No matter how well you take care of your gear, anything can happen at a gig. As any professional roadie will tell you, it’s a full time job making sure that every performance goes off without a hitch. But for those of us who haven’t hit the big time yet, dealing with an equipment malfunction or mishap can be a real showstopper. A great insurance policy for any gig is coming prepared with backup gear.
Whether it’s caused by a freak accident, faulty power at the venue, rowdy audience members, or just plain bad luck, gigging exposes your gear to countless things that can go wrong. Any problem that occurs is not necessarily a reflection on the quality of your gear, as a power surge will equally affect an inexpensive or expensive amplifier (it’s best to bring a surge protector or better yet, a power conditioner along just in case). The same goes for clumsy band members or club patrons running into your gear - accidents happen! Having backups readily available for essential parts of your rig can help relieve a lot of stress and help you play your best, since you won’t be as worried about an equipment mishap putting a premature end to your show. Here are four items you should always bring a backup for.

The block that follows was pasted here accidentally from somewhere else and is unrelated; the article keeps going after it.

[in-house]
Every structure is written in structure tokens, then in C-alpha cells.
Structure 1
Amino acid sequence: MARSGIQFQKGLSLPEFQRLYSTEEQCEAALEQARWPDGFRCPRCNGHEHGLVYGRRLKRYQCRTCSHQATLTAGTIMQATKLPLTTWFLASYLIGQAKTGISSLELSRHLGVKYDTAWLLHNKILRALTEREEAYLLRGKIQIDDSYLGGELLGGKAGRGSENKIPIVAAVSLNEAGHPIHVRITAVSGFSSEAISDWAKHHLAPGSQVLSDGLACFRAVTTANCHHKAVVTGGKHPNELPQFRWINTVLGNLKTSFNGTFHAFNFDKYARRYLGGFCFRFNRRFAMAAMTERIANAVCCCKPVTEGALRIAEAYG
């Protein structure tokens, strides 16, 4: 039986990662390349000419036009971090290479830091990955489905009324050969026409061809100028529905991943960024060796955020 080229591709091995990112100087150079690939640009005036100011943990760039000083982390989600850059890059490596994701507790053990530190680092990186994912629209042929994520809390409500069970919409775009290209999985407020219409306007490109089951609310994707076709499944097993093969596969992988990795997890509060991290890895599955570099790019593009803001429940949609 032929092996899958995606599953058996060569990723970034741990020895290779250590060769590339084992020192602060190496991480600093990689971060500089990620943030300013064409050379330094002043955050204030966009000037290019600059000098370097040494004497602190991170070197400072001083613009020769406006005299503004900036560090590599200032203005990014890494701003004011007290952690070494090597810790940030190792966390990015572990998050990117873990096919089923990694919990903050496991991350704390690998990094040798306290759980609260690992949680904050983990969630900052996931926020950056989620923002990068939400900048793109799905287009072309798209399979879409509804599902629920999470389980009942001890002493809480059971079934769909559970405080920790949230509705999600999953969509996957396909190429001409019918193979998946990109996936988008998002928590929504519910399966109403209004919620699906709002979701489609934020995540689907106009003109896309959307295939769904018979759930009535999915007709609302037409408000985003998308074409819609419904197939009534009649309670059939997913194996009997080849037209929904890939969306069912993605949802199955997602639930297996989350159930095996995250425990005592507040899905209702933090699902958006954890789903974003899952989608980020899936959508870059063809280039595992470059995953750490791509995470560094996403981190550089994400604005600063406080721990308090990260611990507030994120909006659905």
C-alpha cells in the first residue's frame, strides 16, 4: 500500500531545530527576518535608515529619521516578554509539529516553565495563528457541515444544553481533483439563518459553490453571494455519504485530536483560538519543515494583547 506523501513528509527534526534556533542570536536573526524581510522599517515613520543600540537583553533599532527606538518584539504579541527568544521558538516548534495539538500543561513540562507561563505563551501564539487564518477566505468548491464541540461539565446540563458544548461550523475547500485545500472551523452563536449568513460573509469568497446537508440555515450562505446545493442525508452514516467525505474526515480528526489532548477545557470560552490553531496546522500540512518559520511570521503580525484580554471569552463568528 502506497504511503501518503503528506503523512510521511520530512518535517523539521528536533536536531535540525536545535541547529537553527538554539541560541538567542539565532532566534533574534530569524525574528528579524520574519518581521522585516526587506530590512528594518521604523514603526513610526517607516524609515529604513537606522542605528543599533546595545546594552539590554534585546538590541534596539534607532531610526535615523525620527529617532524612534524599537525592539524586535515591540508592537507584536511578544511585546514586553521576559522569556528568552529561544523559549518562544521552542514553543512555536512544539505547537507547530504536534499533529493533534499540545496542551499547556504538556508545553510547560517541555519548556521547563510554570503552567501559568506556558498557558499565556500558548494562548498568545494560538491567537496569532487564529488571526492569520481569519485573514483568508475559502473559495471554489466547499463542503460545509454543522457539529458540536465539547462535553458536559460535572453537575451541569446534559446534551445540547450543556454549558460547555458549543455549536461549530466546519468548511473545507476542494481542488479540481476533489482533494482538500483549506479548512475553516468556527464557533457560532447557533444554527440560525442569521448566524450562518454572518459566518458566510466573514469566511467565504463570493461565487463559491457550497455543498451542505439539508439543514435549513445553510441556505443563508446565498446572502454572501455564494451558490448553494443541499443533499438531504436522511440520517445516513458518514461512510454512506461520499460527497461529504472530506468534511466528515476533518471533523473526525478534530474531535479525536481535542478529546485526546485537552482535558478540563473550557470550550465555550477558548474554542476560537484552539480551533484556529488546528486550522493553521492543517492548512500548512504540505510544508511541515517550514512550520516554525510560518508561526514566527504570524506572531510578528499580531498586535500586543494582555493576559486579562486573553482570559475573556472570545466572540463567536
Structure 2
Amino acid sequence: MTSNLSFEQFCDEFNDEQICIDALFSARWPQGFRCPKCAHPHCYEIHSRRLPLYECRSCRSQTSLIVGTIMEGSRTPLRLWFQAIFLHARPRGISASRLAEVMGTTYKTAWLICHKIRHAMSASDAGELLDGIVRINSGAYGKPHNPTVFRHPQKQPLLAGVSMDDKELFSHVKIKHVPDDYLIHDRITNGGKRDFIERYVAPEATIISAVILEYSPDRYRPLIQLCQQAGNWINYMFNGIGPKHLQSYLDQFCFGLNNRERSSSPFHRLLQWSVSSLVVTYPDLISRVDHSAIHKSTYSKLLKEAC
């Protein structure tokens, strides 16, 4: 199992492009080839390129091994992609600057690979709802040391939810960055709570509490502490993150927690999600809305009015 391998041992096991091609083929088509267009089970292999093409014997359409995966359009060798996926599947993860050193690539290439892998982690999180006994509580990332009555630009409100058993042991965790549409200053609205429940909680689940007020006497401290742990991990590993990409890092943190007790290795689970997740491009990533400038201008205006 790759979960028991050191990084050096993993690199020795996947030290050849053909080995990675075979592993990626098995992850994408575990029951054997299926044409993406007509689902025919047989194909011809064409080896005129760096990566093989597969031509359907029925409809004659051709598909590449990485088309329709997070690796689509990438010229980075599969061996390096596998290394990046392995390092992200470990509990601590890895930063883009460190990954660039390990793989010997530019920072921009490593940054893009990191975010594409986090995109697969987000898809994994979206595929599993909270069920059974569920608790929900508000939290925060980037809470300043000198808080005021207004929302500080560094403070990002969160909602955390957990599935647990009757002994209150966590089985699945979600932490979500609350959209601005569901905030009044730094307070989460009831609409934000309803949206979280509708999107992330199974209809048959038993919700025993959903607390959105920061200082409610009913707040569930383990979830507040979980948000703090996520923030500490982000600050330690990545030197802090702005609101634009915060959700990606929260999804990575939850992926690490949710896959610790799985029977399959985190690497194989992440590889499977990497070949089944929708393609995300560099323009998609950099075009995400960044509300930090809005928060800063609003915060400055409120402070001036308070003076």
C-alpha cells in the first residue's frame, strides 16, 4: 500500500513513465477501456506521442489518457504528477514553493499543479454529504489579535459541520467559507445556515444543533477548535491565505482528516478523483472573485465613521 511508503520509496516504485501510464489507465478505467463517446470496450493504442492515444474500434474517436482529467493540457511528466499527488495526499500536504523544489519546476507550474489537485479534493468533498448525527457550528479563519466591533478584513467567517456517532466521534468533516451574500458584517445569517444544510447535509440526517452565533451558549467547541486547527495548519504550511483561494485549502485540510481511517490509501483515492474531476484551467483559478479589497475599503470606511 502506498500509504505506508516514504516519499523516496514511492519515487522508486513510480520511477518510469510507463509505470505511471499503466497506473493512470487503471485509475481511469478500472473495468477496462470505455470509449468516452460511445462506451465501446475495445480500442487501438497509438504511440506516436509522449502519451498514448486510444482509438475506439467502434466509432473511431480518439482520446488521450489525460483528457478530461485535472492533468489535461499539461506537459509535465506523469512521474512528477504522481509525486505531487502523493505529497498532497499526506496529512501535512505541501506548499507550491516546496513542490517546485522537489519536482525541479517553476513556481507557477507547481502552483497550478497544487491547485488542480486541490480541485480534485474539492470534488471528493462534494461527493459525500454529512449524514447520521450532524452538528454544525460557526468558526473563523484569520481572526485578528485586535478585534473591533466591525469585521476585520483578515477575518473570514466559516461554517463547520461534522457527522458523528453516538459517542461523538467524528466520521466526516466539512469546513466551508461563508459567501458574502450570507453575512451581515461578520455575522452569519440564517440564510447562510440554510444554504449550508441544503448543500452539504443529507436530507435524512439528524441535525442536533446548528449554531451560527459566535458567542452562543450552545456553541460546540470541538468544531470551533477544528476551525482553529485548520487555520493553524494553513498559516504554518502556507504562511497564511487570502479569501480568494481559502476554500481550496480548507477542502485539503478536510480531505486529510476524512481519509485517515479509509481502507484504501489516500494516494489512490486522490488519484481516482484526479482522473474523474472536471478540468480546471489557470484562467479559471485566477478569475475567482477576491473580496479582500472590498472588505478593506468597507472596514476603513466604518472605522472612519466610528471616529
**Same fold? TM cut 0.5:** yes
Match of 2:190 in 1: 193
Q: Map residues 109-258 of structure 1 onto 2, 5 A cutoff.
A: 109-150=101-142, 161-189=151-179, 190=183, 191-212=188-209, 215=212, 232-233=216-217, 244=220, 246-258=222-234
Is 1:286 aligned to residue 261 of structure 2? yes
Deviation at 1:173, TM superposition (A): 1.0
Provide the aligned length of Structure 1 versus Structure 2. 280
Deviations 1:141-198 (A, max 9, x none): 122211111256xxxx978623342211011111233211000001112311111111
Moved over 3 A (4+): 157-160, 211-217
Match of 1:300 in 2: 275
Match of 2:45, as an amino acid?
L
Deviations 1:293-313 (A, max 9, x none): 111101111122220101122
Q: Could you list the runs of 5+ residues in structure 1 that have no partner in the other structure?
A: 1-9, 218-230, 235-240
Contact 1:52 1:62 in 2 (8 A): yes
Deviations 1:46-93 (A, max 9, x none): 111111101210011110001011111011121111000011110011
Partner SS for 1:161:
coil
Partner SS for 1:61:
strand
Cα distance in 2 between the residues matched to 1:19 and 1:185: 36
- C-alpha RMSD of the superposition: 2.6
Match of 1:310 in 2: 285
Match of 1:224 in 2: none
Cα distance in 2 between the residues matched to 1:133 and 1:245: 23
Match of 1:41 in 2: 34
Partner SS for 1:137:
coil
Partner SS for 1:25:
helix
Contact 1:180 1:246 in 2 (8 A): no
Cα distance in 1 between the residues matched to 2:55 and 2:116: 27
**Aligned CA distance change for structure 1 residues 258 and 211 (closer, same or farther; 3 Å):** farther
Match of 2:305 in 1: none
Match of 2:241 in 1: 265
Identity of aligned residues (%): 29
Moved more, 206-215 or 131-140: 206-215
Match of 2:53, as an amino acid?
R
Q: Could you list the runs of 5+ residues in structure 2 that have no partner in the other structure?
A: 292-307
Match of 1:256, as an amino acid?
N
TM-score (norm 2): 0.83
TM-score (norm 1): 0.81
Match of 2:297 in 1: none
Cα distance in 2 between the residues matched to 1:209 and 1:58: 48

There’s an old saying from the Navy SEALS: two is one, one is none. Double up on your gear whenever you can, just like a professional repairman, technician, or any other tradesman would likely have more than one of each important tool of the trade. You might have a perfect gigging career and never need a backup, but the one time you do need one, you’ll be glad you lugged all that extra gear!
Do you bring any backup gear to gigs? If so, what? Let us know in the comments!
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In our recently concluded series, "How to Get a Gig," we learned a systematic approach to building and marketing a band. We saw how to win gigs by relationship building even if you aren't a born salesman. But what happens when you get the gig? We have all heard how competitive the music business is, but what can we do to stay on the winning side of that competition? What are the secrets that the longest-lived working bands know about staying relevant? This week, we will look at Eleven Secrets to Keeping Your Gig.
You've done your research, identified your targets, created a professional-quality product tailored to their needs, established a marketing plan and online presence, and assembled first-rate promo with which to sell your band. You know your product and your market inside and out. Now it is time to learn about your customer's product and your customer's market. You can tell the booking agent how great your band is all day long, but the whole time he is thinking, "What does all this have to do with me?"